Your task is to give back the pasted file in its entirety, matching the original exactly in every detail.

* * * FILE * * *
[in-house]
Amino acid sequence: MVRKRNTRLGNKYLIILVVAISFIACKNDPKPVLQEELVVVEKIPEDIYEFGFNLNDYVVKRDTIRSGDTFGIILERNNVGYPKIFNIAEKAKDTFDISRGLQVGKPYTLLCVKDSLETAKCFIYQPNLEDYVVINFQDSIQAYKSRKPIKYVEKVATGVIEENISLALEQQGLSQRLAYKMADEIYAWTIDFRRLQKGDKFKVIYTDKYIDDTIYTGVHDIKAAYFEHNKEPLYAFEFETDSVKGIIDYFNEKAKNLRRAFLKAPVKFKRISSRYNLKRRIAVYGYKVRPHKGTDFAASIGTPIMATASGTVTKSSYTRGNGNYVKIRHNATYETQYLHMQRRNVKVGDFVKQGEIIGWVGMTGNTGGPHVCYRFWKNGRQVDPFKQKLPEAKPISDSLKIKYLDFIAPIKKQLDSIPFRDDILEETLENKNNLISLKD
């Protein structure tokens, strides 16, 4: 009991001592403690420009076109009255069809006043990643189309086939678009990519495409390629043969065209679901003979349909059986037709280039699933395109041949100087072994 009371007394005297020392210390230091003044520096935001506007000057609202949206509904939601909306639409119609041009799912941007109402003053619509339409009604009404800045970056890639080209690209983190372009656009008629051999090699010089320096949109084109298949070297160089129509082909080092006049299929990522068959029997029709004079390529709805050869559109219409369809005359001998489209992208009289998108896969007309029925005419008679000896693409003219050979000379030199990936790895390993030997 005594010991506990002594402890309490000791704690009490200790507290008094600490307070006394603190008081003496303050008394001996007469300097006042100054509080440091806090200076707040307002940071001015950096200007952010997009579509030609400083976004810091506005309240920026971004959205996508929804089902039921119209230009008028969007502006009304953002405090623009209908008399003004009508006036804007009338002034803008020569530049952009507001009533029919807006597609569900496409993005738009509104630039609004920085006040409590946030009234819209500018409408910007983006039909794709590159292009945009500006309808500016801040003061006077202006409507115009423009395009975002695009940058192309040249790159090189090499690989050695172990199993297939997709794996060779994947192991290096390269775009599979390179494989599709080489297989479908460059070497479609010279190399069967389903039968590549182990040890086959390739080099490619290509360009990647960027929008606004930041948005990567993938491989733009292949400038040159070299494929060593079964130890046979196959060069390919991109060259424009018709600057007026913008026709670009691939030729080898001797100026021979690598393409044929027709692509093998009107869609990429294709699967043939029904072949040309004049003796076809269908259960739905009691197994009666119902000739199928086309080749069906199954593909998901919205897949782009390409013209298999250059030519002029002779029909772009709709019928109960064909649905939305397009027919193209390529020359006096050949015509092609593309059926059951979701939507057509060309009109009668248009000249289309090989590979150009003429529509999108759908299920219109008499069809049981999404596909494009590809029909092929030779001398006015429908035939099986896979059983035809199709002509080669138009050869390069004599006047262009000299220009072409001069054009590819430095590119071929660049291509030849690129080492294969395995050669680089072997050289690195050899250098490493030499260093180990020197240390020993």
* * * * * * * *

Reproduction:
[in-house]
Amino acid sequence: MVRKRNTRLGNKYLIILVVAISFIACKNDPKPVLQEELVVVEKIPEDIYEFGFNLNDYVVKRDTIRSGDTFGIILERNNVGYPKIFNIAEKAKDTFDISRGLQVGKPYTLLCVKDSLETAKCFIYQPNLEDYVVINFQDSIQAYKSRKPIKYVEKVATGVIEENISLALEQQGLSQRLAYKMADEIYAWTIDFRRLQKGDKFKVIYTDKYIDDTIYTGVHDIKAAYFEHNKEPLYAFEFETDSVKGIIDYFNEKAKNLRRAFLKAPVKFKRISSRYNLKRRIAVYGYKVRPHKGTDFAASIGTPIMATASGTVTKSSYTRGNGNYVKIRHNATYETQYLHMQRRNVKVGDFVKQGEIIGWVGMTGNTGGPHVCYRFWKNGRQVDPFKQKLPEAKPISDSLKIKYLDFIAPIKKQLDSIPFRDDILEETLENKNNLISLKD
């Protein structure tokens, strides 16, 4: 009991001592403690420009076109009255069809006043990643189309086939678009990519495409390629043969065209679901003979349909059986037709280039699933395109041949100087072994 009371007394005297020392210390230091003044520096935001506007000057609202949206509904939601909306639409119609041009799912941007109402003053619509339409009604009404800045970056890639080209690209983190372009656009008629051999090699010089320096949109084109298949070297160089129509082909080092006049299929990522068959029997029709004079390529709805050869559109219409369809005359001998489209992208009289998108896969007309029925005419008679000896693409003219050979000379030199990936790895390993030997 005594010991506990002594402890309490000791704690009490200790507290008094600490307070006394603190008081003496303050008394001996007469300097006042100054509080440091806090200076707040307002940071001015950096200007952010997009579509030609400083976004810091506005309240920026971004959205996508929804089902039921119209230009008028969007502006009304953002405090623009209908008399003004009508006036804007009338002034803008020569530049952009507001009533029919807006597609569900496409993005738009509104630039609004920085006040409590946030009234819209500018409408910007983006039909794709590159292009945009500006309808500016801040003061006077202006409507115009423009395009975002695009940058192309040249790159090189090499690989050695172990199993297939997709794996060779994947192991290096390269775009599979390179494989599709080489297989479908460059070497479609010279190399069967389903039968590549182990040890086959390739080099490619290509360009990647960027929008606004930041948005990567993938491989733009292949400038040159070299494929060593079964130890046979196959060069390919991109060259424009018709600057007026913008026709670009691939030729080898001797100026021979690598393409044929027709692509093998009107869609990429294709699967043939029904072949040309004049003796076809269908259960739905009691197994009666119902000739199928086309080749069906199954593909998901919205897949782009390409013209298999250059030519002029002779029909772009709709019928109960064909649905939305397009027919193209390529020359006096050949015509092609593309059926059951979701939507057509060309009109009668248009000249289309090989590979150009003429529509999108759908299920219109008499069809049981999404596909494009590809029909092929030779001398006015429908035939099986896979059983035809199709002509080669138009050869390069004599006047262009000299220009072409001069054009590819430095590119071929660049291509030849690129080492294969395995050669680089072997050289690195050899250098490493030499260093180990020197240390020993």